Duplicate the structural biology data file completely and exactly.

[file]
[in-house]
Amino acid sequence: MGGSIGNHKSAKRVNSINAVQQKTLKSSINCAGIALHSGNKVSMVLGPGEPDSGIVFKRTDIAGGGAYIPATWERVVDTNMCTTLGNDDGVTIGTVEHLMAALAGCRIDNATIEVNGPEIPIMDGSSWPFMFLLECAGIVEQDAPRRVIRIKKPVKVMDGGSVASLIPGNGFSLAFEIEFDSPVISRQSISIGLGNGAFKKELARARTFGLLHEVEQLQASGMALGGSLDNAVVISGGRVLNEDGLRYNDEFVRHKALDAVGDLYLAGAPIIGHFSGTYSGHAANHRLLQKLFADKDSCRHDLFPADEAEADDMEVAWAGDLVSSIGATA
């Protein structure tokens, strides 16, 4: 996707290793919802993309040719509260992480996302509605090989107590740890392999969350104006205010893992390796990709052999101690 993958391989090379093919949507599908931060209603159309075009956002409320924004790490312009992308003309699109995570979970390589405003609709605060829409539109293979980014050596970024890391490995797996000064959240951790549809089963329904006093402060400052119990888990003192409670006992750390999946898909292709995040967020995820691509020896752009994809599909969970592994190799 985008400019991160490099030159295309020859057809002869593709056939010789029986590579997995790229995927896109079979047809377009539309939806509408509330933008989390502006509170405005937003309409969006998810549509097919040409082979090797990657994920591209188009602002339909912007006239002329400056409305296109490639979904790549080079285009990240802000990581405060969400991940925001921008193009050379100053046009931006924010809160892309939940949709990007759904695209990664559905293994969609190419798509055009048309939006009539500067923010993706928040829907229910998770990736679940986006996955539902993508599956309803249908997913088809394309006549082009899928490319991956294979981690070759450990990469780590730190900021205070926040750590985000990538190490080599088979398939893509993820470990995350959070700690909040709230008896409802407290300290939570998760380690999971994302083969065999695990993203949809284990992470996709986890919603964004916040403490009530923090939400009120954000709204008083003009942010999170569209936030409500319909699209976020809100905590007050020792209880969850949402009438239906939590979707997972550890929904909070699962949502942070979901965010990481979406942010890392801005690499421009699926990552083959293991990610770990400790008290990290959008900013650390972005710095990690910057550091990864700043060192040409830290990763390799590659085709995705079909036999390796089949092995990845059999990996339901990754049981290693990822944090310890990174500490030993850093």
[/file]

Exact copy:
[in-house]
Amino acid sequence: MGGSIGNHKSAKRVNSINAVQQKTLKSSINCAGIALHSGNKVSMVLGPGEPDSGIVFKRTDIAGGGAYIPATWERVVDTNMCTTLGNDDGVTIGTVEHLMAALAGCRIDNATIEVNGPEIPIMDGSSWPFMFLLECAGIVEQDAPRRVIRIKKPVKVMDGGSVASLIPGNGFSLAFEIEFDSPVISRQSISIGLGNGAFKKELARARTFGLLHEVEQLQASGMALGGSLDNAVVISGGRVLNEDGLRYNDEFVRHKALDAVGDLYLAGAPIIGHFSGTYSGHAANHRLLQKLFADKDSCRHDLFPADEAEADDMEVAWAGDLVSSIGATA
């Protein structure tokens, strides 16, 4: 996707290793919802993309040719509260992480996302509605090989107590740890392999969350104006205010893992390796990709052999101690 993958391989090379093919949507599908931060209603159309075009956002409320924004790490312009992308003309699109995570979970390589405003609709605060829409539109293979980014050596970024890391490995797996000064959240951790549809089963329904006093402060400052119990888990003192409670006992750390999946898909292709995040967020995820691509020896752009994809599909969970592994190799 985008400019991160490099030159295309020859057809002869593709056939010789029986590579997995790229995927896109079979047809377009539309939806509408509330933008989390502006509170405005937003309409969006998810549509097919040409082979090797990657994920591209188009602002339909912007006239002329400056409305296109490639979904790549080079285009990240802000990581405060969400991940925001921008193009050379100053046009931006924010809160892309939940949709990007759904695209990664559905293994969609190419798509055009048309939006009539500067923010993706928040829907229910998770990736679940986006996955539902993508599956309803249908997913088809394309006549082009899928490319991956294979981690070759450990990469780590730190900021205070926040750590985000990538190490080599088979398939893509993820470990995350959070700690909040709230008896409802407290300290939570998760380690999971994302083969065999695990993203949809284990992470996709986890919603964004916040403490009530923090939400009120954000709204008083003009942010999170569209936030409500319909699209976020809100905590007050020792209880969850949402009438239906939590979707997972550890929904909070699962949502942070979901965010990481979406942010890392801005690499421009699926990552083959293991990610770990400790008290990290959008900013650390972005710095990690910057550091990864700043060192040409830290990763390799590659085709995705079909036999390796089949092995990845059999990996339901990754049981290693990822944090310890990174500490030993850093």